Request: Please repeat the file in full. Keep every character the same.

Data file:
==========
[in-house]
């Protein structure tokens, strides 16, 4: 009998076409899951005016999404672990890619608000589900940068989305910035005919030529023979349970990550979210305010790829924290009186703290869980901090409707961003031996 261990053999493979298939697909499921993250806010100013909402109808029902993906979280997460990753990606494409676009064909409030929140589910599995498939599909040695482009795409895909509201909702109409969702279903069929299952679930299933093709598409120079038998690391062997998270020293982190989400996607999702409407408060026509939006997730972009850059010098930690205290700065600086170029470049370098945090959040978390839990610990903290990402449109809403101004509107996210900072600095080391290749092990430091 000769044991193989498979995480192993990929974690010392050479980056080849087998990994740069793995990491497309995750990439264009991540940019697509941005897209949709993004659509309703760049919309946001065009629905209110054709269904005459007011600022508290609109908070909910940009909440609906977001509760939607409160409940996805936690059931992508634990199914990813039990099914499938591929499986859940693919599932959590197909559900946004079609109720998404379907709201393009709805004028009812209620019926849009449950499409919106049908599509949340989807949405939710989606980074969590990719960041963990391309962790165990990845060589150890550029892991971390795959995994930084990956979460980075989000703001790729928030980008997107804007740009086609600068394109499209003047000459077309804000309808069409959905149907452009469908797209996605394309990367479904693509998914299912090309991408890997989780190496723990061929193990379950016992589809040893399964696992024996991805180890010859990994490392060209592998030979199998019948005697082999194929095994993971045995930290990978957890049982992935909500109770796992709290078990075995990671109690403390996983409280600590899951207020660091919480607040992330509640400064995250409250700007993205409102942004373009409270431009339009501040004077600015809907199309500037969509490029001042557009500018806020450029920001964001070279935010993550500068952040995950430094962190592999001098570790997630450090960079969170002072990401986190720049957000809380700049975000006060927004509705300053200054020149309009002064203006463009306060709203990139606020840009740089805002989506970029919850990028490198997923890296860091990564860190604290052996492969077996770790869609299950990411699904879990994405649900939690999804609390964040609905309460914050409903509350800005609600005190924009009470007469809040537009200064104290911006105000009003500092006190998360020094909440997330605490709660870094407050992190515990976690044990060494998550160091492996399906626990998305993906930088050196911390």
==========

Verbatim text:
[in-house]
């Protein structure tokens, strides 16, 4: 009998076409899951005016999404672990890619608000589900940068989305910035005919030529023979349970990550979210305010790829924290009186703290869980901090409707961003031996 261990053999493979298939697909499921993250806010100013909402109808029902993906979280997460990753990606494409676009064909409030929140589910599995498939599909040695482009795409895909509201909702109409969702279903069929299952679930299933093709598409120079038998690391062997998270020293982190989400996607999702409407408060026509939006997730972009850059010098930690205290700065600086170029470049370098945090959040978390839990610990903290990402449109809403101004509107996210900072600095080391290749092990430091 000769044991193989498979995480192993990929974690010392050479980056080849087998990994740069793995990491497309995750990439264009991540940019697509941005897209949709993004659509309703760049919309946001065009629905209110054709269904005459007011600022508290609109908070909910940009909440609906977001509760939607409160409940996805936690059931992508634990199914990813039990099914499938591929499986859940693919599932959590197909559900946004079609109720998404379907709201393009709805004028009812209620019926849009449950499409919106049908599509949340989807949405939710989606980074969590990719960041963990391309962790165990990845060589150890550029892991971390795959995994930084990956979460980075989000703001790729928030980008997107804007740009086609600068394109499209003047000459077309804000309808069409959905149907452009469908797209996605394309990367479904693509998914299912090309991408890997989780190496723990061929193990379950016992589809040893399964696992024996991805180890010859990994490392060209592998030979199998019948005697082999194929095994993971045995930290990978957890049982992935909500109770796992709290078990075995990671109690403390996983409280600590899951207020660091919480607040992330509640400064995250409250700007993205409102942004373009409270431009339009501040004077600015809907199309500037969509490029001042557009500018806020450029920001964001070279935010993550500068952040995950430094962190592999001098570790997630450090960079969170002072990401986190720049957000809380700049975000006060927004509705300053200054020149309009002064203006463009306060709203990139606020840009740089805002989506970029919850990028490198997923890296860091990564860190604290052996492969077996770790869609299950990411699904879990994405649900939690999804609390964040609905309460914050409903509350800005609600005190924009009470007469809040537009200064104290911006105000009003500092006190998360020094909440997330605490709660870094407050992190515990976690044990060494998550160091492996399906626990998305993906930088050196911390």